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  • Reasonable suspicion and probable cause

    I have some questions regarding reasonable suspicion and probable cause and would appreciate it if someone would explain them to me.

    1) When can you conduct a Terry frisk?

    Let me give you an example: Let's say that you are investigating a non-violent crime and when you are talking to the suspect you notice the bulge in his clothing. So you have a RS that the suspect is armed. Is that enough to pat him down or do you also need a RS that the suspect is dangerous and gonna try to use that gun on you or someone else?

    2) When can you arrest someone based just on someone's else word? Does someone's word (not sworn LEO) by itself constitute PC? If yes, can you explain?

    In the following thread most LEO's said that the victim's word by itself doesn't constitute PC.
    http://forums.officer.com/t180396/

    In the FLETC handbook (https://www.fletc.gov/legal-division-handbook-pdf), under probable cause (page 319) it says:

    Information provided solely by victims and/or witnesses can be sufficient to establish probable cause, given a proper basis of knowledge, when there is no evidence indicating that either the information or the victim/witness is not credible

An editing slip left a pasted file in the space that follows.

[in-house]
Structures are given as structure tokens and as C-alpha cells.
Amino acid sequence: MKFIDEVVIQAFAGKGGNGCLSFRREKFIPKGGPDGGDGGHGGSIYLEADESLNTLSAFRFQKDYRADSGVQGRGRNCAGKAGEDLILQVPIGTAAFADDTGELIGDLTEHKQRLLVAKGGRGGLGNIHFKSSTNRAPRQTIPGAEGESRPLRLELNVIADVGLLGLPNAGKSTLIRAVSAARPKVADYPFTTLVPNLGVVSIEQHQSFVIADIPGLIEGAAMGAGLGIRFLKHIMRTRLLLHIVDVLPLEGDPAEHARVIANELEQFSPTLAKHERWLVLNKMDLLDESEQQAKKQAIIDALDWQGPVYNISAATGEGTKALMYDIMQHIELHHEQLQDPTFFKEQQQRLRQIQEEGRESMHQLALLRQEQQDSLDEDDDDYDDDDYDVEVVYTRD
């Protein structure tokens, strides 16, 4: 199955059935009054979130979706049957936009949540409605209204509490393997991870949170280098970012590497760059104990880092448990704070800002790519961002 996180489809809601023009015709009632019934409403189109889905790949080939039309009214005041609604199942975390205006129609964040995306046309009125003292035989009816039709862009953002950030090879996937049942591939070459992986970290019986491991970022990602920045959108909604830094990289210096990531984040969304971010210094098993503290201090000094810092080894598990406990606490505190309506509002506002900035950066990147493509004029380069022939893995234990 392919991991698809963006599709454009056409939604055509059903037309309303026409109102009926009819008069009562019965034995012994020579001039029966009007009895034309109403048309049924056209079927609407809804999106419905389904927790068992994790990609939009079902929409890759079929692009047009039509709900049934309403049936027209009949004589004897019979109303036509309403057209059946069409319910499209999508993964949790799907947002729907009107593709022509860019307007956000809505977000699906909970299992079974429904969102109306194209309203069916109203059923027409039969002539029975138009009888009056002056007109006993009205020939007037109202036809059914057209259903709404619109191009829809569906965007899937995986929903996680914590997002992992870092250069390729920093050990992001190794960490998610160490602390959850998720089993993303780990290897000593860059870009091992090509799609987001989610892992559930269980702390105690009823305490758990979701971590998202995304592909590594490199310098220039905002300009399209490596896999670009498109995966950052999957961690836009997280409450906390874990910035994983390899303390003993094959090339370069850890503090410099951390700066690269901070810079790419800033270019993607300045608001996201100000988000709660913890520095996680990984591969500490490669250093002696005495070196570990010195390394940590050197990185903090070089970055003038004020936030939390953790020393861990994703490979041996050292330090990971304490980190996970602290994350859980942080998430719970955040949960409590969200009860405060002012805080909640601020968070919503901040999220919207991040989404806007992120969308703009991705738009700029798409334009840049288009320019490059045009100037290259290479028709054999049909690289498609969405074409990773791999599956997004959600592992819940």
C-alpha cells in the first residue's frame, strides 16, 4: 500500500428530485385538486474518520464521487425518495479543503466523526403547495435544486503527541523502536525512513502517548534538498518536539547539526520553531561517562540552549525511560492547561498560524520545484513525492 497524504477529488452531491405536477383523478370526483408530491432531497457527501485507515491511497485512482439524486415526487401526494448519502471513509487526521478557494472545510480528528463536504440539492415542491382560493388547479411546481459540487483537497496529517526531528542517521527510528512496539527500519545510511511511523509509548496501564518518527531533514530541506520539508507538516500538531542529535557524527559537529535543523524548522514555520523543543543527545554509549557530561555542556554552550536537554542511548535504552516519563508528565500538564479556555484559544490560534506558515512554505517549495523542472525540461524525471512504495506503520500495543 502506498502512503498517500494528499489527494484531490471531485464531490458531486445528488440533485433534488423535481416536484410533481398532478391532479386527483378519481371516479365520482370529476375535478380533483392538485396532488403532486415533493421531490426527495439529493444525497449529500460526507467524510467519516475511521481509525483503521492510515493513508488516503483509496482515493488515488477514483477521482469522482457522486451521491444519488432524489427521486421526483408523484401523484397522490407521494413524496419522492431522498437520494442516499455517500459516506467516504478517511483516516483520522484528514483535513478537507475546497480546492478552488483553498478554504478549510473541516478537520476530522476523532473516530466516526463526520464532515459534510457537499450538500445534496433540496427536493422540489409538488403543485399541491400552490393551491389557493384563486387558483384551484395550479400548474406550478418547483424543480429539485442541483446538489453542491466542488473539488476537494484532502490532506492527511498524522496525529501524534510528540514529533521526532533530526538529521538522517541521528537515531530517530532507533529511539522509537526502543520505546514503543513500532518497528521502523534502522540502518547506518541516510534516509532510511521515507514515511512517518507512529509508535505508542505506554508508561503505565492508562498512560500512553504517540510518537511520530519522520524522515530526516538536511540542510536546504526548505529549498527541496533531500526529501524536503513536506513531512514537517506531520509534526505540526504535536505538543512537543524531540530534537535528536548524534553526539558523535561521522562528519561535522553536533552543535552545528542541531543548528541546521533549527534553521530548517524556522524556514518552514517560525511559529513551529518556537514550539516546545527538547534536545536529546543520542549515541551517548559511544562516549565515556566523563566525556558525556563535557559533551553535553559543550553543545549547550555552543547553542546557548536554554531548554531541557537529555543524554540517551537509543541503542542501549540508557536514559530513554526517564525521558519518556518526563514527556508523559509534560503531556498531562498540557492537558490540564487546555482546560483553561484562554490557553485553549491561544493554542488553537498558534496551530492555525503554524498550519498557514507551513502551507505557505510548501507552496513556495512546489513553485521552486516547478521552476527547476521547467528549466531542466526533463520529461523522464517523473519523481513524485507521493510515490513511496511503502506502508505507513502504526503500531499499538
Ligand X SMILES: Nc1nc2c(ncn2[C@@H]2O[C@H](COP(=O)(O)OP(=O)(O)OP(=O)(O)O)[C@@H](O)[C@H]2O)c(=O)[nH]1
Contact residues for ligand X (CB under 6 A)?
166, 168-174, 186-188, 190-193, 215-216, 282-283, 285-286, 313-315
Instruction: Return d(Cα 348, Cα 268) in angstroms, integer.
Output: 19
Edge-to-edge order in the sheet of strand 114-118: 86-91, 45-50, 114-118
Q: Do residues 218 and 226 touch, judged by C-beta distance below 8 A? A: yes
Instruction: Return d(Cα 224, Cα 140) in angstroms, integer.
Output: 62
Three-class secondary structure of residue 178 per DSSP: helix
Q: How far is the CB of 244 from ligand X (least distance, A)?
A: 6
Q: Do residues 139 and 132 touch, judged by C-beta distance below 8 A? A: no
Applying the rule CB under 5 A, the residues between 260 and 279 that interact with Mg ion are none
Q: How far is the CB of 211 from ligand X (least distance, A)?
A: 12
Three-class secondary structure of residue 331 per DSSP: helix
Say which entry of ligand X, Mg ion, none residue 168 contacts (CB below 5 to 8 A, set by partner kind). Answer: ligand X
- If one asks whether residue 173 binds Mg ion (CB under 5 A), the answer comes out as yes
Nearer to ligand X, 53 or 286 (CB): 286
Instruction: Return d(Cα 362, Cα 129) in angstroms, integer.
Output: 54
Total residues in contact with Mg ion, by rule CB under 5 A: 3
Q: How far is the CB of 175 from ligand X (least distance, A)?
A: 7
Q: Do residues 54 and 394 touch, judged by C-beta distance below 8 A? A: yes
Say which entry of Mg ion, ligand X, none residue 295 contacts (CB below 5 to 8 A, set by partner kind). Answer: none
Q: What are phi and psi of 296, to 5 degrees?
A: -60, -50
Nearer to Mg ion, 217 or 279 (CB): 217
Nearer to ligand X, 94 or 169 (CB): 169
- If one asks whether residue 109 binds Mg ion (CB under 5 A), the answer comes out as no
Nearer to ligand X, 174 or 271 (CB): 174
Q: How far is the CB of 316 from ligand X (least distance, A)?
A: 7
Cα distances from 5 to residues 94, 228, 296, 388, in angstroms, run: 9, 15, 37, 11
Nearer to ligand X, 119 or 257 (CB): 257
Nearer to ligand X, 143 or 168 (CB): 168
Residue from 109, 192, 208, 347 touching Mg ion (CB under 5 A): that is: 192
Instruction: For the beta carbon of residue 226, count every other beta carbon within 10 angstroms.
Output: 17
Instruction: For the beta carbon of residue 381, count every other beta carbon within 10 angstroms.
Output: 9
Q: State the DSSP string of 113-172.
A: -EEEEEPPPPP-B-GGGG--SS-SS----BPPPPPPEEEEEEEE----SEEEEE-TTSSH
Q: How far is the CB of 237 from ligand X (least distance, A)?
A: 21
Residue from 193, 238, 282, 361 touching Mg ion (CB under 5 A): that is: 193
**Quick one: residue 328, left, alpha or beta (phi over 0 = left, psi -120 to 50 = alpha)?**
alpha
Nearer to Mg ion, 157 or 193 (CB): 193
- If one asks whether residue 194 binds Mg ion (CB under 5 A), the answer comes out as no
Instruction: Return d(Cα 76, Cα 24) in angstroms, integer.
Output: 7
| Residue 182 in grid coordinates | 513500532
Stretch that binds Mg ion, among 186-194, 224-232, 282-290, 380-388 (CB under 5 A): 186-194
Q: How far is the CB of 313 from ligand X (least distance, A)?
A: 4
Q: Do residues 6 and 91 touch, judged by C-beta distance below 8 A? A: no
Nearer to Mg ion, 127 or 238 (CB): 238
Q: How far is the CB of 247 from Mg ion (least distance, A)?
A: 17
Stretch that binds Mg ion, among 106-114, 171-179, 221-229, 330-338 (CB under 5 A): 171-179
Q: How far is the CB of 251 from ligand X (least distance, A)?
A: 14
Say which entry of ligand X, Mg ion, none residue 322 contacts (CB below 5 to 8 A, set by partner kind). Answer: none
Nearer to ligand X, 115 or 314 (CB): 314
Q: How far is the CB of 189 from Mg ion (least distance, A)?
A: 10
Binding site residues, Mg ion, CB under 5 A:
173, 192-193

Also on the following website it says:
    When the victim of a criminal offense relates the details of the crime to a deputy and
    there is reason to believe that the crime has been committed, the victim is presumed to be
    credible and information is presumed to be reliable. Thus, an arrest may be made or a search
    warrant can be obtained without having to corroborate the victim's statements. However, if the
    purported "victim" of a crime is also involved in criminal conduct, corroboration is necessary
    before a search warrant can be obtained.
    http://www.usmarshals.gov/foia/direc...ations/8.4.pdf